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Recently purchased a home built in 1986. Just inside the front door, is a three switch panel. One is for the outside patio light, the second is for an inside entry light as well as a flood light above the outside of the garage. The third seems to be some sort of "master switch". It controls all of the outlets in the front room (about 4-5), the overhead light in the kitchen, the light/motor for a ceiling fan, and the exhaust fan over the stove.
I've done a little searching, and I think it's called a switch loop if I'm understanding it correctly, but I don't want it. The plugs will include the tv/stereo/dvd/etc as well as other things and having it accidentally switched off would be an annoyance. Is there any way to make each power use point be on it's own? Also, if it makes a difference, the kitchen light, ceiling fan/light, and stove fan all have their own individual wall switches. I'm fairly handy and am not afraid to learn how to patch drywall if that kind of work is required. Also, is this situation even safe?

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Well, removing the switch is the easy part. All you have to do is: 1) turn off power to the box 2) you will see two black wires going to different poles of the switch. Unscrew/remove the wires and tie them together using a wire nut 3) turn on the power Now the circuit will behave identically to the case when the switch is 'ON' They will still be on the same circuit.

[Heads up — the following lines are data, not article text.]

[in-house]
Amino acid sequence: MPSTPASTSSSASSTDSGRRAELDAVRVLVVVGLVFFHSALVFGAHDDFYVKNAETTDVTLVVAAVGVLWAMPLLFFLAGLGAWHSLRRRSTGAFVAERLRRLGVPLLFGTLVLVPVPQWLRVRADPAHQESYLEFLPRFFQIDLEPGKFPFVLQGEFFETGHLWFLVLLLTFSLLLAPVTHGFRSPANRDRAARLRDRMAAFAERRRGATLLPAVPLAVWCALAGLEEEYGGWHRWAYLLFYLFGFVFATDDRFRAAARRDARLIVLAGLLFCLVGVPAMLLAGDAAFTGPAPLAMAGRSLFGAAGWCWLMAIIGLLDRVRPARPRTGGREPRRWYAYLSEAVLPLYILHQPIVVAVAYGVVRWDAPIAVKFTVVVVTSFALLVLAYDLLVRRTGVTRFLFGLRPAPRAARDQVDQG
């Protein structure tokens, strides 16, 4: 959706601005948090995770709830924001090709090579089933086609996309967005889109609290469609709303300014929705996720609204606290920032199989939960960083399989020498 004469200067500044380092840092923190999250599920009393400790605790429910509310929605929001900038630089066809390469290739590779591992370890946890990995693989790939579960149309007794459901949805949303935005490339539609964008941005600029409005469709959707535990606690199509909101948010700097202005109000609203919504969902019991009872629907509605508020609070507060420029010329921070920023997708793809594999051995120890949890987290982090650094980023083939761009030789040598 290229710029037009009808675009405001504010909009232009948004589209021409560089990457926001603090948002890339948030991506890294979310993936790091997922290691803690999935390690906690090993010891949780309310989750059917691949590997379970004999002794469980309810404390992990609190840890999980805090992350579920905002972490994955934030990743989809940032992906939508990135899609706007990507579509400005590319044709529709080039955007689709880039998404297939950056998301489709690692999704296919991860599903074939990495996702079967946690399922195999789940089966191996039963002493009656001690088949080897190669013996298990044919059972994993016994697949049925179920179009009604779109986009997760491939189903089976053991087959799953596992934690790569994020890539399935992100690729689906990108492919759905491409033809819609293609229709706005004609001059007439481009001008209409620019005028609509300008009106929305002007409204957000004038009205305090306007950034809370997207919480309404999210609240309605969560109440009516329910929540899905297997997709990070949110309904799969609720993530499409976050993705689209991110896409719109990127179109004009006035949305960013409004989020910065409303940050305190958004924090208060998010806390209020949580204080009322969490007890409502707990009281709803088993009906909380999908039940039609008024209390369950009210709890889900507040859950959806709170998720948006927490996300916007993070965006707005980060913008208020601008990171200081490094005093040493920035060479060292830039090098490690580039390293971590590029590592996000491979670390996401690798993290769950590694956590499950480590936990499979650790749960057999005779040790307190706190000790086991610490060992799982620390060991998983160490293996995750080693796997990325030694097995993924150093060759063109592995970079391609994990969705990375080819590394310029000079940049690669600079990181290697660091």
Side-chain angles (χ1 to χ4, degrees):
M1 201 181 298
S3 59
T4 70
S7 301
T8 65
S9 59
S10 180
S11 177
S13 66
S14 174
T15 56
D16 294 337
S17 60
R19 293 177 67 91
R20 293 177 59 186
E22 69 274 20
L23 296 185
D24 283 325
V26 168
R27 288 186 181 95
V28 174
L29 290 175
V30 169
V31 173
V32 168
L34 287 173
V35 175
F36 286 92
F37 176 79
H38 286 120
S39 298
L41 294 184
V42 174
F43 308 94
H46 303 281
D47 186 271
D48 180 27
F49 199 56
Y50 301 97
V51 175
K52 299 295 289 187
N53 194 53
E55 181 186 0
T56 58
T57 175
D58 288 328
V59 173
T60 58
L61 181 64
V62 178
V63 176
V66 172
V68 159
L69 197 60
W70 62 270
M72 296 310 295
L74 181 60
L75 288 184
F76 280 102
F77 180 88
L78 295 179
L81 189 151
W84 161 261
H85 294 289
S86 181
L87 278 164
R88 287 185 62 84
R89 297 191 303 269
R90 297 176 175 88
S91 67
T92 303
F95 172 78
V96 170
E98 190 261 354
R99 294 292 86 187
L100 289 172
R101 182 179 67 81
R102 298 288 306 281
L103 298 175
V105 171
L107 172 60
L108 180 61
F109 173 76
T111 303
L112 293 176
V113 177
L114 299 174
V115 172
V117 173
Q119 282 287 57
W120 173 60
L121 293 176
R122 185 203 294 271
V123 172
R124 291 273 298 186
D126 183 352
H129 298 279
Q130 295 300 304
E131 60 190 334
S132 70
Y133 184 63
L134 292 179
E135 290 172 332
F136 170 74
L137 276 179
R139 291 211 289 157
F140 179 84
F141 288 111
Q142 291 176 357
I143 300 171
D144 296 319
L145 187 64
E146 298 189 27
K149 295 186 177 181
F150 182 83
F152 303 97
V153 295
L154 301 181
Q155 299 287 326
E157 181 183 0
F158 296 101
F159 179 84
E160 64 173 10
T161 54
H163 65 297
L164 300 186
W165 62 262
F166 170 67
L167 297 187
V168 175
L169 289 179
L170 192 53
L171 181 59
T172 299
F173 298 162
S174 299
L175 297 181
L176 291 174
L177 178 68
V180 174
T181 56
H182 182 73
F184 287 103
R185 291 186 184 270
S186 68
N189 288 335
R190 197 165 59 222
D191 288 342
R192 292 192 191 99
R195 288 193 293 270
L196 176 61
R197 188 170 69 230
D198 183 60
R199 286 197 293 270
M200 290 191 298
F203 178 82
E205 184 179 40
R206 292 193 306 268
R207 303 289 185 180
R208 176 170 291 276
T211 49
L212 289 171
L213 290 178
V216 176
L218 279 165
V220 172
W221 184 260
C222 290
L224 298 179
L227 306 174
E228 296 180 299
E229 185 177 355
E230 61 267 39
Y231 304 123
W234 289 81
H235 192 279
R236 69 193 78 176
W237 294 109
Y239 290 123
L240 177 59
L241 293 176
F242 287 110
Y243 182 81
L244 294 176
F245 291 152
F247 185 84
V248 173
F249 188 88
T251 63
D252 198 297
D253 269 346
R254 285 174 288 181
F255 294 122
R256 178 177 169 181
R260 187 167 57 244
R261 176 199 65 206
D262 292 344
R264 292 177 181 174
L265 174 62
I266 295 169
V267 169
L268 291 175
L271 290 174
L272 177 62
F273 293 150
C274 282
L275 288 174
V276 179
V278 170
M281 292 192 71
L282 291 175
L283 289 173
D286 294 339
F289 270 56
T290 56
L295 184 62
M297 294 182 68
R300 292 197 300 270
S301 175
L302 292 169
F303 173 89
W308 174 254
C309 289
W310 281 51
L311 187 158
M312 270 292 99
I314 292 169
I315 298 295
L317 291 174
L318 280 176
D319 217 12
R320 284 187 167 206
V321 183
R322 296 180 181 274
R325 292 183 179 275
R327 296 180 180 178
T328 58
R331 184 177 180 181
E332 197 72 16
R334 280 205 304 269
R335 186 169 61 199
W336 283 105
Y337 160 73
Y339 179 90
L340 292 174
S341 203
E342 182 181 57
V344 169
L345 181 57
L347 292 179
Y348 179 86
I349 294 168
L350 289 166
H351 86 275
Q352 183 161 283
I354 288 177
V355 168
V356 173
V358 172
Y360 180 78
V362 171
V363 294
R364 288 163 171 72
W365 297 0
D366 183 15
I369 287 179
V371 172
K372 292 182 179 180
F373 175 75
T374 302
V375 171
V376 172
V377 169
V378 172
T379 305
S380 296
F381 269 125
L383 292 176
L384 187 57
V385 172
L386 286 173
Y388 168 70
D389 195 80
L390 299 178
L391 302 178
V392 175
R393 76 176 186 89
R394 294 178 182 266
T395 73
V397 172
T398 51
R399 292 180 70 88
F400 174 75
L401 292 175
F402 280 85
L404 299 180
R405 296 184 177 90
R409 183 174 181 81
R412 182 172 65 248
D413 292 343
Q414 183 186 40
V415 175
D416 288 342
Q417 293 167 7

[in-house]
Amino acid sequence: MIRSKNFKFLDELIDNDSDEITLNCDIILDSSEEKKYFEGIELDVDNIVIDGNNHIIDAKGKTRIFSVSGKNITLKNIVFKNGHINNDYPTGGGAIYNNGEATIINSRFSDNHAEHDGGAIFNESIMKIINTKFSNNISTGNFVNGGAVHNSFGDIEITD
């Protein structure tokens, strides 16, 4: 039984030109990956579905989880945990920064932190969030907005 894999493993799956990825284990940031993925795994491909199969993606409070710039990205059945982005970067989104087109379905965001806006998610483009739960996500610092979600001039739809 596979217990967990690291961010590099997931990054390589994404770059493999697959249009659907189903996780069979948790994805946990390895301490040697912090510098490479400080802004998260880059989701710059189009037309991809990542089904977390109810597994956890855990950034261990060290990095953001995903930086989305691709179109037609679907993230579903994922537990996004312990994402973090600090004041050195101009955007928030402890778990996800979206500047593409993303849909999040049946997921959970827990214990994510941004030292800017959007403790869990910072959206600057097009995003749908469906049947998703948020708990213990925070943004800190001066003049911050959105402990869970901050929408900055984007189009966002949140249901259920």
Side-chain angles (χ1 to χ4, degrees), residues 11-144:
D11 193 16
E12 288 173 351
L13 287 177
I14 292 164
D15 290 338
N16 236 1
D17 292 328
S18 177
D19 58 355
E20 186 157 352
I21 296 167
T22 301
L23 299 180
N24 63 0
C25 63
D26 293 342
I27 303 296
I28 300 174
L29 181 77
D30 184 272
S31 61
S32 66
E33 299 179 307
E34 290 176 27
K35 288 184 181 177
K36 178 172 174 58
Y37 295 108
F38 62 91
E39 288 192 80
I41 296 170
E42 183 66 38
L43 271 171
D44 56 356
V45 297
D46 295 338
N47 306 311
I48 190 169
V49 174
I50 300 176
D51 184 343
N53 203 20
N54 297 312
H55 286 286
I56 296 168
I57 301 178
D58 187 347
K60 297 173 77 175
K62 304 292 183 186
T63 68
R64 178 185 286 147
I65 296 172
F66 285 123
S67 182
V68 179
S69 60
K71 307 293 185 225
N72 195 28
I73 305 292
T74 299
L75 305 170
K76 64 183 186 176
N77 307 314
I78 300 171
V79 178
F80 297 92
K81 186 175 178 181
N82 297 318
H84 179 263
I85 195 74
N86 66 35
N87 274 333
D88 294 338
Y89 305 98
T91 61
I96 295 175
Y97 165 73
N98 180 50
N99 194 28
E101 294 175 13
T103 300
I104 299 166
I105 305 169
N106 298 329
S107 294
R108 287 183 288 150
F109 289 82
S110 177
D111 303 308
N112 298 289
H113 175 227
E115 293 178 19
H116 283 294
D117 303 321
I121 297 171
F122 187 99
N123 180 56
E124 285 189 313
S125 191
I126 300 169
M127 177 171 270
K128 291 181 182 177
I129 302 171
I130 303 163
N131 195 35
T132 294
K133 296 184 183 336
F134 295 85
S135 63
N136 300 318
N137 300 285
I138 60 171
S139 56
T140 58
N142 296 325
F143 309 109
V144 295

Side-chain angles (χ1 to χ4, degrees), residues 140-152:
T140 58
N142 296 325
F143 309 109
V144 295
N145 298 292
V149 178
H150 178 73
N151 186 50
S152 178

If you want each unit to be controlled by its own switch you have to run the cabling to the switch box: 1) cut out an opening where you want the switch to be and install an electrical box (plastic or metal) 2) run 12-2 (for 20A circuit) or 14-2 (15A circuit) romex from your switch box to the device box (e.g. light) 3) find the black wire of the original cable going into your device and tie it to the black wire going to your switch box using a wire nut 4) in the device box tie the white wire to where the black wire used to be. Tie the other end of the white wire in the switch box to the other terminal of the switch. Wrap a small piece of electric tape on both sides of the white wire to indicate that it is 'hot' (normally white is 'neutral') 5) repeat for every unit.

  • Sounds easy enough (for the top one) I have no idea of what the gauge of wire is at that point, or what would be required, but does this sound like it's safe? – Matt Dec 6 '13 at 18:38
  • As to the gave, check the breaker that controls it. If it is 15A, use 14-2. There is no harm in using 12-2, it is just more $. However, if you have a 20 A breaker, you must use 12-2 wire. It should be safe provided you turn off the power before working. You should always be very careful, make sure all the connections are secure, etc, but it is relatively safe. – Yuriy Dec 6 '13 at 19:37

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